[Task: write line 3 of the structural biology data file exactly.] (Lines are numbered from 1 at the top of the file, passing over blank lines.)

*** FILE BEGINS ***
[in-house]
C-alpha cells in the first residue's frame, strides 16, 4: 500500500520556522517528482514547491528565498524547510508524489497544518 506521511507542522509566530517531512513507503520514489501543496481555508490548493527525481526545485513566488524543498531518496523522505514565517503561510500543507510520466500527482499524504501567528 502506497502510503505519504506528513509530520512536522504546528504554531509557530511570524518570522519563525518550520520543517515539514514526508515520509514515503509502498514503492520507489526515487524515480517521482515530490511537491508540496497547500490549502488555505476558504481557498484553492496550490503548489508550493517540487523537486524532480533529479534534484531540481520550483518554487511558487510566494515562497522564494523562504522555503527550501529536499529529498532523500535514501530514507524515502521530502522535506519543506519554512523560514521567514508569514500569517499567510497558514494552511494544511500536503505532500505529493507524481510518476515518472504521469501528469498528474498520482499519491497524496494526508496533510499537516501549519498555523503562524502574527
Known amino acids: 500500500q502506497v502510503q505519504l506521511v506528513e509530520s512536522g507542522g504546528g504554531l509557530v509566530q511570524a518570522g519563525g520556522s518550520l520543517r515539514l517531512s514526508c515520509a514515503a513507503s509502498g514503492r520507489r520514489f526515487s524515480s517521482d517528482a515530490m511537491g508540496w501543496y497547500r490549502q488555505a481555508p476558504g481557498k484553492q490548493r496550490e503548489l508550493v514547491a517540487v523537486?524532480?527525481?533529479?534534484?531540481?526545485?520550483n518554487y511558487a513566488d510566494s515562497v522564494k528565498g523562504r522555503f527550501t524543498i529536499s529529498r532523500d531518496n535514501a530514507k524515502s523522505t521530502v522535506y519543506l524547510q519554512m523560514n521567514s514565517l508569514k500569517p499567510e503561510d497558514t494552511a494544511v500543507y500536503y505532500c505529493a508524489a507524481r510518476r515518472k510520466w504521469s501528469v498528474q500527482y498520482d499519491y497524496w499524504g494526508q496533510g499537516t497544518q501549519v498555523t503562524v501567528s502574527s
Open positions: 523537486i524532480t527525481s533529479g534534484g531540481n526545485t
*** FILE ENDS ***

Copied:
Known amino acids: 500500500q502506497v502510503q505519504l506521511v506528513e509530520s512536522g507542522g504546528g504554531l509557530v509566530q511570524a518570522g519563525g520556522s518550520l520543517r515539514l517531512s514526508c515520509a514515503a513507503s509502498g514503492r520507489r520514489f526515487s524515480s517521482d517528482a515530490m511537491g508540496w501543496y497547500r490549502q488555505a481555508p476558504g481557498k484553492q490548493r496550490e503548489l508550493v514547491a517540487v523537486?524532480?527525481?533529479?534534484?531540481?526545485?520550483n518554487y511558487a513566488d510566494s515562497v522564494k528565498g523562504r522555503f527550501t524543498i529536499s529529498r532523500d531518496n535514501a530514507k524515502s523522505t521530502v522535506y519543506l524547510q519554512m523560514n521567514s514565517l508569514k500569517p499567510e503561510d497558514t494552511a494544511v500543507y500536503y505532500c505529493a508524489a507524481r510518476r515518472k510520466w504521469s501528469v498528474q500527482y498520482d499519491y497524496w499524504g494526508q496533510g499537516t497544518q501549519v498555523t503562524v501567528s502574527s